• The Evening Grosbeak is so tied to outbreaks of spruce budworms, their occurrence is often means that an outbreak is about to occur. Before the budworms increase, flocks of this grosbeak often appear.
  • Evening grosbeaks are classic irruptive winter finches. In other words, they show up in numbers some winters but, in other years, occur in small numbers or are absent. These fluctuations are related to the availability of food sources on their breeding grounds.
  • Historically, this species did not occur in the eastern USA. However, in the early 1900s, they began to increase in numbers and flocks became increasingly common winter birds in the northeastern states. This increase was probably associated with planting more Box Elders and other trees that these finches feed on.


Similar Species

Very few birds resemble the Evening Grosbeak. However, at least two species look a little bit like it.


American Goldfinch

American Goldfinch

The American Goldfinch has a conical beak and has some of the same colors as the grosbeak. However, the breeding male goldfinch is much brighter yellow and has a black cap.

In winter, instead of having one big white patch in the wing, male and female goldfinches are dingy yellow and pale gray-brown with one or two pale wing bars. In winter, they also have darker, much smaller beaks than the grosbeak.


Pine Grosbeak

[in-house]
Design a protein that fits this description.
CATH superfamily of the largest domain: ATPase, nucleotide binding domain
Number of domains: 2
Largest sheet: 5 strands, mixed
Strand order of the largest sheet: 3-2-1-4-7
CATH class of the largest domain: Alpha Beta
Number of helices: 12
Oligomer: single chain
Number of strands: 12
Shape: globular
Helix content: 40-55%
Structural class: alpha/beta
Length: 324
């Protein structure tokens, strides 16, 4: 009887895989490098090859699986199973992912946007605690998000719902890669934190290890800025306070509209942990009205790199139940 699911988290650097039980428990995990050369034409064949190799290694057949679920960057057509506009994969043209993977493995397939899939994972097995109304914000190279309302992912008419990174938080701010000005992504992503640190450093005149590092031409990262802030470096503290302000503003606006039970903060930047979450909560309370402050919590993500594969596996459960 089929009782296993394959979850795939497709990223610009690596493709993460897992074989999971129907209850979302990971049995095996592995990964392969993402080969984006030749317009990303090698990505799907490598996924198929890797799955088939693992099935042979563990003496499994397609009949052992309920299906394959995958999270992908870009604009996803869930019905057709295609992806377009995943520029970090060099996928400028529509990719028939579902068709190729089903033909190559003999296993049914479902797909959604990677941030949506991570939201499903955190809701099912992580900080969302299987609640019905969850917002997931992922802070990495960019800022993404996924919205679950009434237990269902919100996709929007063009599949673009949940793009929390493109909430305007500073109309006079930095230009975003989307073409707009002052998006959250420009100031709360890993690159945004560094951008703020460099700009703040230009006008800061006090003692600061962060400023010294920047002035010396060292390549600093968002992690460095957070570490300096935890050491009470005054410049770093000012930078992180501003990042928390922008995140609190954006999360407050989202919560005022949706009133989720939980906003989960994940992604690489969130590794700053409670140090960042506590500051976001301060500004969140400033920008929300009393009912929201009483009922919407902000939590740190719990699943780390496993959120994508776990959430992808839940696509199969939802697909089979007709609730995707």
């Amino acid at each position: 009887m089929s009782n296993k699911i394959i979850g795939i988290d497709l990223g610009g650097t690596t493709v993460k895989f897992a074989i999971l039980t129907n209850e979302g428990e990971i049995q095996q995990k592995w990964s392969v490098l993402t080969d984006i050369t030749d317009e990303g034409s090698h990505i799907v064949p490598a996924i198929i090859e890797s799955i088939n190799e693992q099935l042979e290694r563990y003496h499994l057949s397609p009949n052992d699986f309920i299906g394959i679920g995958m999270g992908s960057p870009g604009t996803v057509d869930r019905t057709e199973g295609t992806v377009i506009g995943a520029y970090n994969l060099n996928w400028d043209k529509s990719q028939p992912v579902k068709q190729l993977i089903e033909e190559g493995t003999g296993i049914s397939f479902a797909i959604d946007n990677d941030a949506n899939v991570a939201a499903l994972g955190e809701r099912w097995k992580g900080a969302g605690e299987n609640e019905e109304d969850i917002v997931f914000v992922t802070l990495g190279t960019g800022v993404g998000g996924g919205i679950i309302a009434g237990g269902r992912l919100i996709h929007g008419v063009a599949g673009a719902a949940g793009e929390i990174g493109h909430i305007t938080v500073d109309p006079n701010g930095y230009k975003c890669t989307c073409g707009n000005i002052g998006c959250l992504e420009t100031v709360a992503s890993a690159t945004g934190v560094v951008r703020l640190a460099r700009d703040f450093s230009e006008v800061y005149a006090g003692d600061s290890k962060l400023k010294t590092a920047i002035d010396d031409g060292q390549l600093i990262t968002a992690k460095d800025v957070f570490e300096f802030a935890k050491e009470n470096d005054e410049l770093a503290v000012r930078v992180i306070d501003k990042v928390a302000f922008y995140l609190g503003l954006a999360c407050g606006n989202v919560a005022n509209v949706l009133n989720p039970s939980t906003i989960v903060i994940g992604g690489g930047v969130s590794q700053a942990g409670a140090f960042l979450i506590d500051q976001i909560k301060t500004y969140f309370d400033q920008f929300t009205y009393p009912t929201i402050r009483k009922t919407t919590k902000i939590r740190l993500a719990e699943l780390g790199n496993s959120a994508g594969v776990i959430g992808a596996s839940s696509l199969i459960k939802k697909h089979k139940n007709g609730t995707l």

Pine Grosbeak

This finch species can also occur in the winter with the Evening Grosbeak, but the male has red in its plumage.

Female Pine Grosbeaks can look a little bit like female Evening Grosbeaks, but they have a smaller, and much stubbier, rounded, dark beak. They also have less white in their wings, and pale markings around their eyes.


Frequently Asked Questions

Where are Evening Grosbeaks most common?

Evening Grosbeaks are most common in montane and northern forests in the western and northern USA, and in Canada.

What does a female Evening Grosbeak look like?

A female Evening Grosbeak is a chunky gray bird with olive-yellow on her neck, a big, conical pale beak, and dark wings with white markings.

How long do grosbeak birds live?

Grosbeak birds can live for as long as 15 years, although many live for five or seven years.

Do Evening Grosbeaks go south in the winter?

Yes, Evening Grosbeaks go south in the winter, usually as far as California, Utah, and northern Pennsylvania. However, every once in a while, they range as far south as southern New Mexico.

About the Author

Patrick O'Donnell

Patrick O'Donnell has been focused on all things avian since the age of 7. Since then, he has helped with ornithological field work in the USA and Peru, and has guided many birding tours, especially in Costa Rica. He develops birding apps for BirdingFieldGuides and loves to write about birds, especially in his adopted country of Costa Rica.